• Project Name
  • Keywords
  • Department

Entry Fields To edit the settings of a field, click the blue gear icon next to it. We want to link the Project Name field on the Multiple Entries page to its more detailed entry (called “the Single Entry page.”) To do this, click the blue gear icon next to Project Name. Then, check the box next to Link to single entry. Link to Single Entry Now let’s publish our View and see what it looks like. Click Publish then View on website. View Everything looks pretty good! If we click on a project name, we’ll be taken to the Single Entry page. We haven’t set this up yet, so let’s do it now. Single Entry The Single Entry page is the “more detailed” page for our entry. Since it is a single page that covers only one entry, we have more space for adding fields. To add a field, click +Add Field. Be sure to add all of the fields we created. Entry Fields Now save your View and preview it again. Click on a Project Name field and you’ll see the Single Entry view. Single Entry As you can see, all of our fields are listed. Everything looks good!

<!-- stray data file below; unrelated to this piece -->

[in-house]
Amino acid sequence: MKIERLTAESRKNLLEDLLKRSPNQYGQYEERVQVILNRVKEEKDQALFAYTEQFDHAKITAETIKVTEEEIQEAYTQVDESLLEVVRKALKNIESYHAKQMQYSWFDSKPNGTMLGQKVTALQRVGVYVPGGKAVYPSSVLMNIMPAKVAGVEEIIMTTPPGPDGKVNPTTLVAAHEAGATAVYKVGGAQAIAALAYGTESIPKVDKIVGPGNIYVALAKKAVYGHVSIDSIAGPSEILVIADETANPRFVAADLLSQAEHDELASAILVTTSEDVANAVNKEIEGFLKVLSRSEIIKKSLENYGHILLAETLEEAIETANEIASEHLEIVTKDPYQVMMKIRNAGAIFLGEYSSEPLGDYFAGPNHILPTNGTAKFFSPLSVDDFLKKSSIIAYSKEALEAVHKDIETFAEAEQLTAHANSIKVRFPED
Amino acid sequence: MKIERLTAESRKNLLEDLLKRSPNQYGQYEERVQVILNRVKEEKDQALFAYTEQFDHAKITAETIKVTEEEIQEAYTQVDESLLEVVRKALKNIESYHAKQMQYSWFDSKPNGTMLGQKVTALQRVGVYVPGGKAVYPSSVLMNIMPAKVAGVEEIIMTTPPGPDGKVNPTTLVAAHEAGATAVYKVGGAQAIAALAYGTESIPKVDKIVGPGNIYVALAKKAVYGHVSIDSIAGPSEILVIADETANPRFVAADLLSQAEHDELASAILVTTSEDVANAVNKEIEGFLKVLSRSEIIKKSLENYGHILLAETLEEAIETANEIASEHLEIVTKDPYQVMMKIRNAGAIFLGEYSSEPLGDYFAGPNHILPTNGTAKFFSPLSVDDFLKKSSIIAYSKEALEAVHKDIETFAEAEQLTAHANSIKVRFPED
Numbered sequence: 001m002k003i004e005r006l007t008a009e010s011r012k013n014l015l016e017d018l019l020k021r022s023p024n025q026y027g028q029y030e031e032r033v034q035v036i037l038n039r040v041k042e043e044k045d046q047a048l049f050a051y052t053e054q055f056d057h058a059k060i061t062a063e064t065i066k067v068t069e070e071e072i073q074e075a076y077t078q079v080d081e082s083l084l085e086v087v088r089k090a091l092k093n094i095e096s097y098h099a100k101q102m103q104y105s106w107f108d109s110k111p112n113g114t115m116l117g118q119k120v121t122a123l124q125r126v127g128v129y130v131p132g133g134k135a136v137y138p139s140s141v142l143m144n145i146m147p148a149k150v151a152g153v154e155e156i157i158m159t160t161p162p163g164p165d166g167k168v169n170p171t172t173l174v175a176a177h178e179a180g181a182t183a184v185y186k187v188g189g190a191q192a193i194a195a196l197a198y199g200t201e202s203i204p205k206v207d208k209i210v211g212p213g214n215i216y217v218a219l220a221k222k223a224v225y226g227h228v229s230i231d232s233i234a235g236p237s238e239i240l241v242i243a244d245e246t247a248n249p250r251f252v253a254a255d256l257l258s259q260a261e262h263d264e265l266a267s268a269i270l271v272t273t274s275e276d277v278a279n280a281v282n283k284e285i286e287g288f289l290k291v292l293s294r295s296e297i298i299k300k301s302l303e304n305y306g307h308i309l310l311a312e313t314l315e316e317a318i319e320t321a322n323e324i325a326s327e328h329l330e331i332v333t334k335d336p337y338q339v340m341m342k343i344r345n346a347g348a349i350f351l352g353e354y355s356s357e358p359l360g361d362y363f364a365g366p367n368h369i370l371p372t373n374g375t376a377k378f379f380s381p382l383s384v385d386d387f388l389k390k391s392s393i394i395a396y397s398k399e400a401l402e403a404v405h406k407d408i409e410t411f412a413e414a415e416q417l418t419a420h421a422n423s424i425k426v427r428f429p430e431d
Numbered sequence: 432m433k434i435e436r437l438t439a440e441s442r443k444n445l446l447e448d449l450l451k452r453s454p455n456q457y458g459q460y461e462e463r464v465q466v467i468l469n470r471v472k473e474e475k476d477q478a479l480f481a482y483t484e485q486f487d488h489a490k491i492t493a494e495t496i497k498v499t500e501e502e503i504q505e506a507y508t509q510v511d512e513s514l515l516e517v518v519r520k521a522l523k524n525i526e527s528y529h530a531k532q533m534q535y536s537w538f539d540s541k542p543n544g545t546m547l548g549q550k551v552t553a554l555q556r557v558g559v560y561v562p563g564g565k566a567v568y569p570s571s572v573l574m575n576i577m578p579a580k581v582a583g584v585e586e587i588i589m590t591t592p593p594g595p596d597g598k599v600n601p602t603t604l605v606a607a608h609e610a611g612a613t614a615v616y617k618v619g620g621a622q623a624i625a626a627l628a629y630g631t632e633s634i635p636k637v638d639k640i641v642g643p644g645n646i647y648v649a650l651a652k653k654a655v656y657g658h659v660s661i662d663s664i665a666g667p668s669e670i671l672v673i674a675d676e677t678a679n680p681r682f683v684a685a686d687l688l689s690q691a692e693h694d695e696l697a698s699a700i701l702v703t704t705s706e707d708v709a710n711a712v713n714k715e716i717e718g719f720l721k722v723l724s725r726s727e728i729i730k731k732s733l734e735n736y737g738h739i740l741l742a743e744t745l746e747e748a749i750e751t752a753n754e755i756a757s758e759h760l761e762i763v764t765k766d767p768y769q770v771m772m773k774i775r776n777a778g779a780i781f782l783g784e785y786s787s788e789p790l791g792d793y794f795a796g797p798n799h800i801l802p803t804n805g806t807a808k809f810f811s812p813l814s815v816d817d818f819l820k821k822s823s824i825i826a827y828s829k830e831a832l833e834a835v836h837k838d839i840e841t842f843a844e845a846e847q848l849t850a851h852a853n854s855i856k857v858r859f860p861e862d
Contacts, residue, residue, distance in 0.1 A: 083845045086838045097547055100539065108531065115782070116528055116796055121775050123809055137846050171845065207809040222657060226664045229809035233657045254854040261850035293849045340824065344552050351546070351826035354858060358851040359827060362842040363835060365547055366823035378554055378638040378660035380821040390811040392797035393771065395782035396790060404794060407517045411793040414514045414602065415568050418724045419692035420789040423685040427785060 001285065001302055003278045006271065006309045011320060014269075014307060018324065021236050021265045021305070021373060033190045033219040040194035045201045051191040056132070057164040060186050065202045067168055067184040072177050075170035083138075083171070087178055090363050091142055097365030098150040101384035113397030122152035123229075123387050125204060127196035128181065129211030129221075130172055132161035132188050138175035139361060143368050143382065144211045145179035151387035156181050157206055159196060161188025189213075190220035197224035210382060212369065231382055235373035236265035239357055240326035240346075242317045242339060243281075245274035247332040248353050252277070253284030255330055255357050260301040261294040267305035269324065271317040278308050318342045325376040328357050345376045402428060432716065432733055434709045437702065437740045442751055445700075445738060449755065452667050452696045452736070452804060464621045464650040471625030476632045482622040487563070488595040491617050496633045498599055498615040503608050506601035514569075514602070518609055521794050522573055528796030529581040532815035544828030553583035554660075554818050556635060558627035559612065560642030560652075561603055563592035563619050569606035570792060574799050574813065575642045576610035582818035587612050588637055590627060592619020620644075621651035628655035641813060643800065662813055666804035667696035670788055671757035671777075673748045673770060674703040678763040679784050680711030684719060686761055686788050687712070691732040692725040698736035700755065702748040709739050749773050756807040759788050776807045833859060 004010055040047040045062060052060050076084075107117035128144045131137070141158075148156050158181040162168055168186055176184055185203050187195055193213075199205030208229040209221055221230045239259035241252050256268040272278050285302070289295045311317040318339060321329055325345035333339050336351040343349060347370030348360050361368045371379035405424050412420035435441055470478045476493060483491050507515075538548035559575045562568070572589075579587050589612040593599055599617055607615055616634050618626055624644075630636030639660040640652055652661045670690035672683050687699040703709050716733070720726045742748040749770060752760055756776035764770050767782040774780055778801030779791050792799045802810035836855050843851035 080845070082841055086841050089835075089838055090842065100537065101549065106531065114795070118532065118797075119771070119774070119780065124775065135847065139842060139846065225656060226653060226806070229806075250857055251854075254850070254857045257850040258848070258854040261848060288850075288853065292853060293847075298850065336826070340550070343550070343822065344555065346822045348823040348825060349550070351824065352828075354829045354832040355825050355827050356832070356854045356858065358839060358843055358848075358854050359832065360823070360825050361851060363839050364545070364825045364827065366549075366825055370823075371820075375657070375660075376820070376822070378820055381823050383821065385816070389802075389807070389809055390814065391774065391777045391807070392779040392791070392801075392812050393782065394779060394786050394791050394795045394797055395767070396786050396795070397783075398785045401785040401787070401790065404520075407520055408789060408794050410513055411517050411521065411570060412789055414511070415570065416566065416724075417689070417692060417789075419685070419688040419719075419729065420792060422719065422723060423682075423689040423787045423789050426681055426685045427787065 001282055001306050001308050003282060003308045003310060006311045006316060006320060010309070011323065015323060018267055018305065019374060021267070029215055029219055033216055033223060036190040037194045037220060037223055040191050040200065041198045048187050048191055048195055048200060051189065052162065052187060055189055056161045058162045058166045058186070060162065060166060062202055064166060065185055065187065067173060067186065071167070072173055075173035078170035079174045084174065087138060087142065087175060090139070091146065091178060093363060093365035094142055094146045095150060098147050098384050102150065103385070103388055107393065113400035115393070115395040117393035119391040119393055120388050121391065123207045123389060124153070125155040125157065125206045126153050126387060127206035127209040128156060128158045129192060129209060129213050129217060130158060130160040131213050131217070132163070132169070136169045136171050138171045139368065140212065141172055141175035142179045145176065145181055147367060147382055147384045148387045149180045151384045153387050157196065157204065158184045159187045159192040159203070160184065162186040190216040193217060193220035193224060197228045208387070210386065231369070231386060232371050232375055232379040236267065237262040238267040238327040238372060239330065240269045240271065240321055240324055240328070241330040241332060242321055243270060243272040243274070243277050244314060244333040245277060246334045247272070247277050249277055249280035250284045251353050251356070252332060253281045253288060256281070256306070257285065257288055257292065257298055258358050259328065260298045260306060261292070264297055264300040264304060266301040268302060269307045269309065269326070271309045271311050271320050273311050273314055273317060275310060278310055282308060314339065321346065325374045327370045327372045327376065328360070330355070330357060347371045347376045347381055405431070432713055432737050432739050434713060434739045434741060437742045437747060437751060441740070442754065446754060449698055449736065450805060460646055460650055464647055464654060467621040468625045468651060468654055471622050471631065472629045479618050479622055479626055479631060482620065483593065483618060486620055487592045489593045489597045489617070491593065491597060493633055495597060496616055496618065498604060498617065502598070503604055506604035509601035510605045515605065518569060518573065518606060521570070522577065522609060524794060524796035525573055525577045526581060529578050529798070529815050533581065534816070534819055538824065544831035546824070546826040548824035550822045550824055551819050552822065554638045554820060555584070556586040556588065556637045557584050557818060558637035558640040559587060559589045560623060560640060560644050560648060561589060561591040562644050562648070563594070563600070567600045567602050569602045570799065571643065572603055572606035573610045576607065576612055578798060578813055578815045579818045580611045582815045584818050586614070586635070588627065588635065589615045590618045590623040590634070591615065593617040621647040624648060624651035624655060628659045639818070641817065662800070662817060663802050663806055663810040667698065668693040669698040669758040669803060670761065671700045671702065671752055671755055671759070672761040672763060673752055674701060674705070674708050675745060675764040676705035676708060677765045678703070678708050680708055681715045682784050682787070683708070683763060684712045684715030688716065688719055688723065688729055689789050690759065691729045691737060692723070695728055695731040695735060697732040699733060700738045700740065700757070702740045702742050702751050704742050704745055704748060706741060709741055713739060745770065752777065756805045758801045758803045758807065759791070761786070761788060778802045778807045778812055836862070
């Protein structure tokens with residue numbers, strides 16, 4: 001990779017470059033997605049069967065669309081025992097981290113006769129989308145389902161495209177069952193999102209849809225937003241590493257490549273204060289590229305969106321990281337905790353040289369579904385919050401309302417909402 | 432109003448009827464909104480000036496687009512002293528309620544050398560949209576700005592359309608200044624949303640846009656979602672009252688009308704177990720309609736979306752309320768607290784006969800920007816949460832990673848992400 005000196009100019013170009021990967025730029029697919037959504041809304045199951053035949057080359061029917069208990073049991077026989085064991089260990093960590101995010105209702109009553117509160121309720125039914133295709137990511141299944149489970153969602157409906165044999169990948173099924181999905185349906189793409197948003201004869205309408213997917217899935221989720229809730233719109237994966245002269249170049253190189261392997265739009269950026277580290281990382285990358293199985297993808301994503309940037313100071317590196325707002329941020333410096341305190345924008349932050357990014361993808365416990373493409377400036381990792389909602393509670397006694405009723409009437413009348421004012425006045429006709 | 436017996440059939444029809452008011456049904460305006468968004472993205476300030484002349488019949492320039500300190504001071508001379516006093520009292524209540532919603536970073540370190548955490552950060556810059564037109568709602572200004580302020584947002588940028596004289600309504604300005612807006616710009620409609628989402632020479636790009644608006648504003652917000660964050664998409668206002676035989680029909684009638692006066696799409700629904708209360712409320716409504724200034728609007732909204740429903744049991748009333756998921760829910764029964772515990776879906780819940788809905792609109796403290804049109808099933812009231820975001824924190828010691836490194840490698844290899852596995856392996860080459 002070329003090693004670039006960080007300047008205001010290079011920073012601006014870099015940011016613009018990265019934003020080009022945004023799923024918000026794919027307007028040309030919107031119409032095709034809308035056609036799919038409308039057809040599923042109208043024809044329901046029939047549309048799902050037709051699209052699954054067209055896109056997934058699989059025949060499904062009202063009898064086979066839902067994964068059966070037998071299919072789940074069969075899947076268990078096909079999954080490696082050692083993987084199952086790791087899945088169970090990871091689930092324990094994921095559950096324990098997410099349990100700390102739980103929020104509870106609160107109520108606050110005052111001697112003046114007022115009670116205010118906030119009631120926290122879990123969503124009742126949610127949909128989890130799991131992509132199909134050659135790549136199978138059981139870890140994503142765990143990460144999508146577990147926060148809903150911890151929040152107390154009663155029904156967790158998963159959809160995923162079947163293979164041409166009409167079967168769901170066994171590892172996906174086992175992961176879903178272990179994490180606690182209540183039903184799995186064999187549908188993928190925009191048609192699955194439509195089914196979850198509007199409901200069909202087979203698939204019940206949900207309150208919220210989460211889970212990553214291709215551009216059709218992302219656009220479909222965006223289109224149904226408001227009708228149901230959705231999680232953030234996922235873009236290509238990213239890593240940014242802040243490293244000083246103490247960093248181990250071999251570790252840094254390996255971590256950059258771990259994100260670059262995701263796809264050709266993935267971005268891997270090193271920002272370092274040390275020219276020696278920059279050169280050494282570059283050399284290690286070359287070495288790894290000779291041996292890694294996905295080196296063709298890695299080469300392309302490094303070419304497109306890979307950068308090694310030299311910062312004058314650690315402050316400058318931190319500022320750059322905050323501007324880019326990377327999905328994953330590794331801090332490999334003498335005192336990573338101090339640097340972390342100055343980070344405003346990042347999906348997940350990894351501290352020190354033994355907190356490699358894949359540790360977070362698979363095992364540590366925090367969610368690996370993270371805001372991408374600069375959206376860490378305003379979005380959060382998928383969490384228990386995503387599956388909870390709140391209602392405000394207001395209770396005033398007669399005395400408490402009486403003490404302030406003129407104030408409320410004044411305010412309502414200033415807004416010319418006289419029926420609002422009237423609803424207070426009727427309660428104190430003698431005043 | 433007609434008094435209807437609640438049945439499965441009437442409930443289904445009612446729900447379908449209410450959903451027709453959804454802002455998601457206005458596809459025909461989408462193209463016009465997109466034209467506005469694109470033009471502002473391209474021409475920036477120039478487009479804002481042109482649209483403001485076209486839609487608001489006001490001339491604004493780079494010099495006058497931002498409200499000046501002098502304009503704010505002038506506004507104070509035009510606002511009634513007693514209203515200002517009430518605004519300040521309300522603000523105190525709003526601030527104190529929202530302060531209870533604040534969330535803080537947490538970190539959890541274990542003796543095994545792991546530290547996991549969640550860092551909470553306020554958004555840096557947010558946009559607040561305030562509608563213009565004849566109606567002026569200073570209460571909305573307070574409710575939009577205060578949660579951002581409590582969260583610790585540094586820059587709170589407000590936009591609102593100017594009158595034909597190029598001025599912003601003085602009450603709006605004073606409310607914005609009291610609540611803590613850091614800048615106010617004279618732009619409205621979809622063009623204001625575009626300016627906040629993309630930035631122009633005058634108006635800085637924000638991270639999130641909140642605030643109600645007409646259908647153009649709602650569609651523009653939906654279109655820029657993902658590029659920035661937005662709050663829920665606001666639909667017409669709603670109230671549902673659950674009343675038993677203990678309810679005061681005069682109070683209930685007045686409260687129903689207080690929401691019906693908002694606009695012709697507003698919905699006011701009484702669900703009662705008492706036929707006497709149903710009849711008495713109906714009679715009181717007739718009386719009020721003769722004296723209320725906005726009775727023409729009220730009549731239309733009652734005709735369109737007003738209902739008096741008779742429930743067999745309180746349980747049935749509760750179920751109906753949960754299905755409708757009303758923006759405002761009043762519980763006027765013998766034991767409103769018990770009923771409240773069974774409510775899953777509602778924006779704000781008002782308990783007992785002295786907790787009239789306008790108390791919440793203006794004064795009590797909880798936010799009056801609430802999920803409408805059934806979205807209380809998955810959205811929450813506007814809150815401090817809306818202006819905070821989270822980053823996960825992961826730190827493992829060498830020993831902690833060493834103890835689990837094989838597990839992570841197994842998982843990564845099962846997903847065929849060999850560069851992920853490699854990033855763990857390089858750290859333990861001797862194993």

View Settings

Finally, at the bottom of the View Configuration page are View Settings. There are a number of options here, but two in particular are relevant for our research projects database.

Allow User Edit + Allow User Delete

Edit and Delete If enabled, Allow User Edit and Allow User Delete (which are under View Settings) allow users to edit or delete their entries after they have submitted them. The Edit functionality is particularly useful for our Number of Students Already Selected field, as it will allow researchers to conitnually update how many more students they need for their project.

Sort by Field

Sort by Date By default, all entries on the Multiple Entries page will be sorted by the date they are created. However, if you want to organize and filter the research studies by a different field, like Department or Faculty Member, you can do that here.

And that about wraps up our guide to creating a research study database with Gravity Forms and GravityView! In an upcoming guide, we’ll walk through creating the other half of this project – a form and View for students applying to research projects.